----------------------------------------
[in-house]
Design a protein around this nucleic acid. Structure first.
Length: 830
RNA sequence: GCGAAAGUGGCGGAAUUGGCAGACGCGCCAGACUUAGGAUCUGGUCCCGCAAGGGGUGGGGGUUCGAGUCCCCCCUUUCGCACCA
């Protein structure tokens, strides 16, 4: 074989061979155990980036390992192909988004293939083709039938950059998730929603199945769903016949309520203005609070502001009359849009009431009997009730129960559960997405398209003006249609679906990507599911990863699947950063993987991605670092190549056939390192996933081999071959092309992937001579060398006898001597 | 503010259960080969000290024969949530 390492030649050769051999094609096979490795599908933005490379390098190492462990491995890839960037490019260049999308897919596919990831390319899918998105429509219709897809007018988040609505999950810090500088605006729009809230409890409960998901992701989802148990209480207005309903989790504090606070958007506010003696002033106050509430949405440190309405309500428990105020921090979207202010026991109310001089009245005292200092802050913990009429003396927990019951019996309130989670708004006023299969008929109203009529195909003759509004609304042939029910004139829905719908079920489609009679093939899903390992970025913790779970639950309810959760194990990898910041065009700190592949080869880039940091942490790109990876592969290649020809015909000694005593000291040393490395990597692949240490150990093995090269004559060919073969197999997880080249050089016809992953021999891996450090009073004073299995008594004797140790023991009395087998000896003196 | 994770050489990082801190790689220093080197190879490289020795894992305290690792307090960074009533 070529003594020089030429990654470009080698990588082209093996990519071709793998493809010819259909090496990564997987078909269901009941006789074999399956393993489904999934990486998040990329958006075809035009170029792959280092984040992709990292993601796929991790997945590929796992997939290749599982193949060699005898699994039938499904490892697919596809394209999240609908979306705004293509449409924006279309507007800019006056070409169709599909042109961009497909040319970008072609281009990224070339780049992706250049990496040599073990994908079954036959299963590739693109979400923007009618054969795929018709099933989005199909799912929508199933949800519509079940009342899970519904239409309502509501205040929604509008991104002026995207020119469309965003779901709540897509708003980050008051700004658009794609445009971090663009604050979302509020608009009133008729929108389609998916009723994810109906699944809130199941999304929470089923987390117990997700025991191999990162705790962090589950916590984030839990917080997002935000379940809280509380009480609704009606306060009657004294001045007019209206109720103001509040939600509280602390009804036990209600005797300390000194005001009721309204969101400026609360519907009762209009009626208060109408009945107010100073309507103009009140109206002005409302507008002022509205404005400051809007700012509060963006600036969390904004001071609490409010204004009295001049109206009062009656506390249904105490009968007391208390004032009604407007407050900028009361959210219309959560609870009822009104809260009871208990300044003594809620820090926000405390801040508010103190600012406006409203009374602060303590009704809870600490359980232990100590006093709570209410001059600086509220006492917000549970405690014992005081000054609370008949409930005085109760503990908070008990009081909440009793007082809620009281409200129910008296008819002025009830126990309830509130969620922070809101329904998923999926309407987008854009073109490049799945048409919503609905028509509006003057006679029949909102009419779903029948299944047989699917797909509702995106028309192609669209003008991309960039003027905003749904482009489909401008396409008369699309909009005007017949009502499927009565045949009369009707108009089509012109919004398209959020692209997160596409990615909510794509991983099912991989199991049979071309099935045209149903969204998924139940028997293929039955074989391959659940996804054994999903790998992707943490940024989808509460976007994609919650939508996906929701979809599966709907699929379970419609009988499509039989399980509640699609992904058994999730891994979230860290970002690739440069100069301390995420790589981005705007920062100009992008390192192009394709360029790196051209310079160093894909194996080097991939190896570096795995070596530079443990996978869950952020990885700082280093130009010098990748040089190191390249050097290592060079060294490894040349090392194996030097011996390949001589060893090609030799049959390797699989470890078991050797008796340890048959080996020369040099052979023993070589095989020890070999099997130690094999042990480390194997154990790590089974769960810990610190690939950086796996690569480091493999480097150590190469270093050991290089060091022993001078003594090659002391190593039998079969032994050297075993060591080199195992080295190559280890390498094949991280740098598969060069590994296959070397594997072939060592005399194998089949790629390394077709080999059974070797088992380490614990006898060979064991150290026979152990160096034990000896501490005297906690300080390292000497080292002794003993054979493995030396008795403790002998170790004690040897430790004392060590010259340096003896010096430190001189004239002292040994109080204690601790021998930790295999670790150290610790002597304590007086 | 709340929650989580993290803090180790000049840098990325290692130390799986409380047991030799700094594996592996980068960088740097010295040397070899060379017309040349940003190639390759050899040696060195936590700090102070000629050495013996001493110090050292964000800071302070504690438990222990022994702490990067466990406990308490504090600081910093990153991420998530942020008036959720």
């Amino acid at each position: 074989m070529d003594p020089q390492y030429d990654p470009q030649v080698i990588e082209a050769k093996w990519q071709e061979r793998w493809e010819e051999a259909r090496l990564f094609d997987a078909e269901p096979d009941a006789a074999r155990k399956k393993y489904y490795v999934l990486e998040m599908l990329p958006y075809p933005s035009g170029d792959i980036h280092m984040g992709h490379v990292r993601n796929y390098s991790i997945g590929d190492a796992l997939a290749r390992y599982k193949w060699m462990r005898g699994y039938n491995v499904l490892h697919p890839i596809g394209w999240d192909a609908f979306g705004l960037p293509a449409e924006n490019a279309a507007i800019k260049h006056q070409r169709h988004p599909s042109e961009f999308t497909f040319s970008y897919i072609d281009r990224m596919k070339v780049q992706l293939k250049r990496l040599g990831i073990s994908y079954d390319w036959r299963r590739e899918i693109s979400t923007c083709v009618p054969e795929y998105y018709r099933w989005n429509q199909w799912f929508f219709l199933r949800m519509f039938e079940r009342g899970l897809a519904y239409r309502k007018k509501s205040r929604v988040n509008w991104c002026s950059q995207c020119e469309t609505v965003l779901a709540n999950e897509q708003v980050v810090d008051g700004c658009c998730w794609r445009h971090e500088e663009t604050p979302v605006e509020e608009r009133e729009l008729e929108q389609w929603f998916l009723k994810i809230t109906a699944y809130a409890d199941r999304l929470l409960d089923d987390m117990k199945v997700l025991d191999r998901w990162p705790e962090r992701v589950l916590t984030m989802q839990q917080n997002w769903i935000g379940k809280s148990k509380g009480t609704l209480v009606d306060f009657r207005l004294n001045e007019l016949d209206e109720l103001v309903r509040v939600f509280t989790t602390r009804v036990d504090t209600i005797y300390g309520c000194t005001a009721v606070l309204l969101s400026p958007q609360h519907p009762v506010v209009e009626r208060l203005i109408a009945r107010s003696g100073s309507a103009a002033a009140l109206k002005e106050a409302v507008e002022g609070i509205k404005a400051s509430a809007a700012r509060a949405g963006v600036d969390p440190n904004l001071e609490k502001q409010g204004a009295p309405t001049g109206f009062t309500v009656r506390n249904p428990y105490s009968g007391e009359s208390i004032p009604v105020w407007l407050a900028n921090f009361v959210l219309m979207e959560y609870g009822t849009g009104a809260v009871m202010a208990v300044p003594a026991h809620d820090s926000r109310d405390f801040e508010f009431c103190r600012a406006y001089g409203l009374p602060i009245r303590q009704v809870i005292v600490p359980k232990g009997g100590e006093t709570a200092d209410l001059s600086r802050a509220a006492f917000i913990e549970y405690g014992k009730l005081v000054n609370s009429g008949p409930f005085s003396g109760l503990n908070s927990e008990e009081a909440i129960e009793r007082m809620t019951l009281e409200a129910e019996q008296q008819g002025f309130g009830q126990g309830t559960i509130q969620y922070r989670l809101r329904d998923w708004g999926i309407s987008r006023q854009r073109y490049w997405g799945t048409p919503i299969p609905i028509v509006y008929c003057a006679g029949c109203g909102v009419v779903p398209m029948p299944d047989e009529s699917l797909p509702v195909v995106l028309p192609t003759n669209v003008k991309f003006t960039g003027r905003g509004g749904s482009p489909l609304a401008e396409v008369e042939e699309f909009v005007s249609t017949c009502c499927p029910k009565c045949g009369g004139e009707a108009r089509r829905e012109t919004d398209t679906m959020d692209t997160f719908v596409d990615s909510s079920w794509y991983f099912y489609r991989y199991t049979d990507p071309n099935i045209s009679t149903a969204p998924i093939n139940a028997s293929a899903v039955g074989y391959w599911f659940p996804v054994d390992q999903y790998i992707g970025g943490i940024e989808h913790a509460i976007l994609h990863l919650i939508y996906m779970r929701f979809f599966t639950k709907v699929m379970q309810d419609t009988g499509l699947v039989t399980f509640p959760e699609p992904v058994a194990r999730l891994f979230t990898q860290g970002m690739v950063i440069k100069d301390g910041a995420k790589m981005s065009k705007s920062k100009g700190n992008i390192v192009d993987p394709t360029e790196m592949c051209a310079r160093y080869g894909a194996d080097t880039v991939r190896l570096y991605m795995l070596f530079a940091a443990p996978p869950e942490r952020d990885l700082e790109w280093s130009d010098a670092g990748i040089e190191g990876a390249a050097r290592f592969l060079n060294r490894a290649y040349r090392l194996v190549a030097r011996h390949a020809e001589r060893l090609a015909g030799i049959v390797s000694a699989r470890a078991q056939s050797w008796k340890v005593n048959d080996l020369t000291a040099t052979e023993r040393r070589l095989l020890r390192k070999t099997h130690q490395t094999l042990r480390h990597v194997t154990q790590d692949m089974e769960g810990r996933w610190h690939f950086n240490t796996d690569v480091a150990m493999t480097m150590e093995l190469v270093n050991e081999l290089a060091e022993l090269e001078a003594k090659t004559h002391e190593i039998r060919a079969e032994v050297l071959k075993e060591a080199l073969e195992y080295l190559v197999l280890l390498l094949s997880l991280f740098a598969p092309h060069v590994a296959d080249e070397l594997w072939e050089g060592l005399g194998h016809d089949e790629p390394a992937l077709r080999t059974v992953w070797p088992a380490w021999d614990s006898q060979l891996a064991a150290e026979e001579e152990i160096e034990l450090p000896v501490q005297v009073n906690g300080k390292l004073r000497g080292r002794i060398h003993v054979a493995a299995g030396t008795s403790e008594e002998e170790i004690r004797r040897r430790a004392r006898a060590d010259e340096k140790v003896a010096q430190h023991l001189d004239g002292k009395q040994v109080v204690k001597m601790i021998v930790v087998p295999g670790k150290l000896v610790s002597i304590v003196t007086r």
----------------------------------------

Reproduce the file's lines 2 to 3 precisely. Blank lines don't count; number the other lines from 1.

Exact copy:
Design a protein around this nucleic acid. Structure first.
Length: 830